Tablets, biometrics disrupting the status quo at your local doctor's office

After some much deserved-nagging by my wife to get some questionable spots on my skin checked out, I finally headed into my new primary physician's office to get a referral to a dermatologist. Little did I know the technological treat I was in for.

After some much deserved-nagging by my wife to get some questionable spots on my skin checked out, I finally headed into my new primary physician's office to get a referral to a dermatologist. Little did I know the technological treat I was in for. For a primary physician's office (actually, it's part of larger multi-office practice), I was very suprised to find a variety of technologies in place that I so rarely see getting used in real practice (unless of course some vendor's public relations people call me to tell me about some customer... a practice I've always found a bit suspect since PR people will never call you with a dissatisfied customer).  

For starters, every examination room has a sit-down workstation in it. The workstation is an HP-based desktop (standing on its side, model number was indiscernable) with what appears to be a 17" LCD display (pretty big). The systems run Windows XP and they're primarily for the doctors. Unauthorized access to the systems (probably in the name of protecting patient data) is prevented through the use of an fingerprint reader. In this case, it was the APC model seen above right (sorry for the blurriness... it was the best of six pictures I took with the camera in the Motorola Q). I couldn't see a model name but my guess is that it's APC's $50 BIOPOD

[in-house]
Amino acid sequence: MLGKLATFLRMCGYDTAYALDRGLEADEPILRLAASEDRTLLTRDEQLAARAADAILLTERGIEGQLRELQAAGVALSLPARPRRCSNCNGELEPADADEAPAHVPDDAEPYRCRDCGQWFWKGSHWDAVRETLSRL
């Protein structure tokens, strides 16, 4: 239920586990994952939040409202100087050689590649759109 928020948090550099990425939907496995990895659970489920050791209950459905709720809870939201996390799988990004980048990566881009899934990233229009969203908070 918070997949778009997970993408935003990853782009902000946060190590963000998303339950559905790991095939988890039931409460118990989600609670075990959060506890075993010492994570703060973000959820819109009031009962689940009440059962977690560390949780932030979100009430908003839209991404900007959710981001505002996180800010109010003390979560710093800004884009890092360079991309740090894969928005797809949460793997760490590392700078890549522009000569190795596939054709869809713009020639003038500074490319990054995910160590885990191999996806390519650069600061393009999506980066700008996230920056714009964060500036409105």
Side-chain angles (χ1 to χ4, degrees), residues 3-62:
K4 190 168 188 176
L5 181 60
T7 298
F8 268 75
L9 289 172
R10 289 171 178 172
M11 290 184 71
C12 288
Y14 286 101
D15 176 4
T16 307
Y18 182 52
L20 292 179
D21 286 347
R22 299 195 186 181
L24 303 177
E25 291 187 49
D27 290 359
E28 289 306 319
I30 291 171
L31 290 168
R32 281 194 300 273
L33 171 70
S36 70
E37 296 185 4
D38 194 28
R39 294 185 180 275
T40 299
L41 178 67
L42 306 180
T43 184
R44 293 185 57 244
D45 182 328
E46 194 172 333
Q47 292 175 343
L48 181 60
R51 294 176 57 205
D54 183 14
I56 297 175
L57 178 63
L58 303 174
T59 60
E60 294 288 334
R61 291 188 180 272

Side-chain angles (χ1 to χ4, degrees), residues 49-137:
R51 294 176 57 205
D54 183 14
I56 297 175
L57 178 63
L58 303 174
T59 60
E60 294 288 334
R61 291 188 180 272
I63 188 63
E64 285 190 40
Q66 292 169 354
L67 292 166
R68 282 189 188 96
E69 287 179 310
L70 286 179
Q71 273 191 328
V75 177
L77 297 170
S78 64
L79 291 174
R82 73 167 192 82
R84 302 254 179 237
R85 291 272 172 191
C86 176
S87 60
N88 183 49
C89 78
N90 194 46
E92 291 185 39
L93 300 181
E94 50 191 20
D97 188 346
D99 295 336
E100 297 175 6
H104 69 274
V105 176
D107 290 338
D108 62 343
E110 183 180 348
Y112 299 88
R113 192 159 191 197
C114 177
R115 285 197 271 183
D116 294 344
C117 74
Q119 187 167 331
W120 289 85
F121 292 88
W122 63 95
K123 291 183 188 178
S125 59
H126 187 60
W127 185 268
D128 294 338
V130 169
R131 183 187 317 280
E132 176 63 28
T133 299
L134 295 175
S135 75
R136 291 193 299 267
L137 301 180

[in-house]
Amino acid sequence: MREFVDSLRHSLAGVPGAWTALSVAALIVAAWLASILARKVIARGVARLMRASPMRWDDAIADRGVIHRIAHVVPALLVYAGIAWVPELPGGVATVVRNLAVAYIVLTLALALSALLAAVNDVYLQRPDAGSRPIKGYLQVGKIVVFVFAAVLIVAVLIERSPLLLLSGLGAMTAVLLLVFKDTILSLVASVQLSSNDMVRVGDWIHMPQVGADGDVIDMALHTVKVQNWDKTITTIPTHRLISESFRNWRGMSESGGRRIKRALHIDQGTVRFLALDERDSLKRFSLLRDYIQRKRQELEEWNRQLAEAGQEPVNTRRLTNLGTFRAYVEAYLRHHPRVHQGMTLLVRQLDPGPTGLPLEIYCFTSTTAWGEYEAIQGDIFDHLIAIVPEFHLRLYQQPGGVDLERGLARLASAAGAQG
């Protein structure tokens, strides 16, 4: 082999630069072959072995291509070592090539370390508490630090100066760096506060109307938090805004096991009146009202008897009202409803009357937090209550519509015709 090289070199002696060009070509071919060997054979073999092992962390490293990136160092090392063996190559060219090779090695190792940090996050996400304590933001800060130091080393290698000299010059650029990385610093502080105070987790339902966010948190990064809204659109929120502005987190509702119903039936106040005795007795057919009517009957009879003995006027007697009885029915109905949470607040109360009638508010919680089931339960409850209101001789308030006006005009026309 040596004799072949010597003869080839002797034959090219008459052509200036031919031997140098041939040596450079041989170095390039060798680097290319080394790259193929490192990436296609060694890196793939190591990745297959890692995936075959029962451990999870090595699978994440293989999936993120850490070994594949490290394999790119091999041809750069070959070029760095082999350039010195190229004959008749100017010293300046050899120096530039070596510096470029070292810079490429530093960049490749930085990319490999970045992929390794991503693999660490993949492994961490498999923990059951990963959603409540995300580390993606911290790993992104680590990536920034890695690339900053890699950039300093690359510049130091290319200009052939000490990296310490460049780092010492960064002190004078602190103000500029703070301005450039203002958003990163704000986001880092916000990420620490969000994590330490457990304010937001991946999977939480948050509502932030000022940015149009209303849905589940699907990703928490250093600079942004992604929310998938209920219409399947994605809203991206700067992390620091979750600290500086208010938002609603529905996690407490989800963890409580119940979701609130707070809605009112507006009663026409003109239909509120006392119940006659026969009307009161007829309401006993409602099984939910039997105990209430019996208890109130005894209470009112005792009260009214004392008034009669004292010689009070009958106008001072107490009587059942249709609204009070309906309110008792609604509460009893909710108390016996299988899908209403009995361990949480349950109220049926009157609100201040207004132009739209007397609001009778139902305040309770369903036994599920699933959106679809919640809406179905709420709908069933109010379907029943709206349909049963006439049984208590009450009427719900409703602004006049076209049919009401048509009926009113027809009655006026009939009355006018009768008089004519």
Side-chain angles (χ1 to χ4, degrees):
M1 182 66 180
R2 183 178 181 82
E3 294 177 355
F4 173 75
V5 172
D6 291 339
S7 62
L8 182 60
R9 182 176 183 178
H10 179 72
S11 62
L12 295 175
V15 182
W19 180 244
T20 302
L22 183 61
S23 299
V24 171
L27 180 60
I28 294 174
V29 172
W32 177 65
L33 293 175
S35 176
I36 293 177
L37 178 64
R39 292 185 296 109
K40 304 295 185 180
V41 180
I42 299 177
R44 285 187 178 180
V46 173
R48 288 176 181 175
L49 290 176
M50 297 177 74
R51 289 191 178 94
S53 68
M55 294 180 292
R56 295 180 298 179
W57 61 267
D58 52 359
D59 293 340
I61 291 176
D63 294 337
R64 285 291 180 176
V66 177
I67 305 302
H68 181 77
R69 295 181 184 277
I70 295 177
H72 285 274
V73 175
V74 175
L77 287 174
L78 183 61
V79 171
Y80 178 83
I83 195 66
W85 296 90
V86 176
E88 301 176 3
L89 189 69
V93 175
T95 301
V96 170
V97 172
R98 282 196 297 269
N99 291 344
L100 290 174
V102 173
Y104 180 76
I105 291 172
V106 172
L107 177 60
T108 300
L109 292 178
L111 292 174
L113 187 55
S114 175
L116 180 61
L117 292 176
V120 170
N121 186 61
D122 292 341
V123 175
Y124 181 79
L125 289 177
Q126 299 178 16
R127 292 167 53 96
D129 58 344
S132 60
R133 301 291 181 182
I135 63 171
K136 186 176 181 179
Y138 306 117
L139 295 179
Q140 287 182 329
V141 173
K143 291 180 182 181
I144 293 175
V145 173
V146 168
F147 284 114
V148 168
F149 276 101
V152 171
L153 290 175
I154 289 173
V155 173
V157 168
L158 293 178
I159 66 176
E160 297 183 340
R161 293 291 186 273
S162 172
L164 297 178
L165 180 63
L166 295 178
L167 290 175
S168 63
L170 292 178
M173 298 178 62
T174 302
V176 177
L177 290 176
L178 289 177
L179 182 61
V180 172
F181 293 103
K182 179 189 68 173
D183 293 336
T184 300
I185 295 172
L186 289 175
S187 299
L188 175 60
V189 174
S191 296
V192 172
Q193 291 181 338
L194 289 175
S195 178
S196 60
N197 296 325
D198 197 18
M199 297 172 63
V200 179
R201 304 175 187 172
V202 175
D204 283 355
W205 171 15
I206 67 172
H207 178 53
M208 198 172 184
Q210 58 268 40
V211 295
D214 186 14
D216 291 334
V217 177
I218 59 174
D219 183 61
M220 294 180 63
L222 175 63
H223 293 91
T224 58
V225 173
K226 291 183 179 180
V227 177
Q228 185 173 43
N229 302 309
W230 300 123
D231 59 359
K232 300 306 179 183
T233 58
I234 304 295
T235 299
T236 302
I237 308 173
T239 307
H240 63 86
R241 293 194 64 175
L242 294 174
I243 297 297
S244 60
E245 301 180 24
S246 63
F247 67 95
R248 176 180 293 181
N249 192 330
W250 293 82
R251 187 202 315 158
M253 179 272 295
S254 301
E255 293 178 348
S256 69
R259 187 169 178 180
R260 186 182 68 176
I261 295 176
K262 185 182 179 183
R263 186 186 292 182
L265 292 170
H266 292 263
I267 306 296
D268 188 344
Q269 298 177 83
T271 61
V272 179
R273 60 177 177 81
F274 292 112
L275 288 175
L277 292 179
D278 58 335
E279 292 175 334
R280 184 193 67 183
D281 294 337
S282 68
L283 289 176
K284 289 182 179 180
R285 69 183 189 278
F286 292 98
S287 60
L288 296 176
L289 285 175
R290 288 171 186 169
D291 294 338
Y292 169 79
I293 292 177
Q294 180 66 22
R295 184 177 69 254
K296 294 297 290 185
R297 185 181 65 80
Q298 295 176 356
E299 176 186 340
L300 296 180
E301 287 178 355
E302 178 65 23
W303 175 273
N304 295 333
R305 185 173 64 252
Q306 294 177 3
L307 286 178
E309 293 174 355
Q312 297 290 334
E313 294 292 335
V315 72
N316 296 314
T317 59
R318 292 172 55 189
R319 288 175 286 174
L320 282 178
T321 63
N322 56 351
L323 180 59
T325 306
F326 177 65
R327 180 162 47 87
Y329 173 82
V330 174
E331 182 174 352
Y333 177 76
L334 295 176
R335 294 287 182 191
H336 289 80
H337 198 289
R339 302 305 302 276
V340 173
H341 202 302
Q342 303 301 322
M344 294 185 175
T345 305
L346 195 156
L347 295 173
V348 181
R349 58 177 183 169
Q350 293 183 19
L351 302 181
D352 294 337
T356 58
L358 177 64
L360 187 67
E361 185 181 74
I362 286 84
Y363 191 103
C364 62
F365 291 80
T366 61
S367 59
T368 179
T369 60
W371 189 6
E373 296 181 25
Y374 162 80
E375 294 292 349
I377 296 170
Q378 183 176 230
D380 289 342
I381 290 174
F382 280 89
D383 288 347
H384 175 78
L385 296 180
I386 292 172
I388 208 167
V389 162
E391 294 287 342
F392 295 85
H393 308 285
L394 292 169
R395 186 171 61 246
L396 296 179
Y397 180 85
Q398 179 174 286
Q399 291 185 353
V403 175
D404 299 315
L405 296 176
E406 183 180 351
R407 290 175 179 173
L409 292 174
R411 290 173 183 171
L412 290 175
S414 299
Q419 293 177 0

The reason I say these workstations are primarily for the doctors is that everyone else running around this particular practice had an IBM X41 Thinkpad Tablet with them (today, if you want a tablet from Lenovo, your choice is the X60). The tablets however did not have any biometric security associated with them. The explanation was that, as a matter of policy, the tablets never leave the sides of their owners (until they leave the building). As you can see from the picture below, the tablets don't get used in pure tablet format. In other words, the display isn't swiveled and folded down in a way that it covers the keyboard. That's because some of the data that gets entered into the medical application they use requires keyboard input. That application, by the way, appeared to be Logician (now a part of GE Healthcare's Centricity Practice Management lineup) and it's also accessed from the workstations in the examination rooms by the doctors (who don't carry notebooks at their sides). All the systems (desktops and tablets) connect to some central server by way of a Cisco-based Wi-Fi network.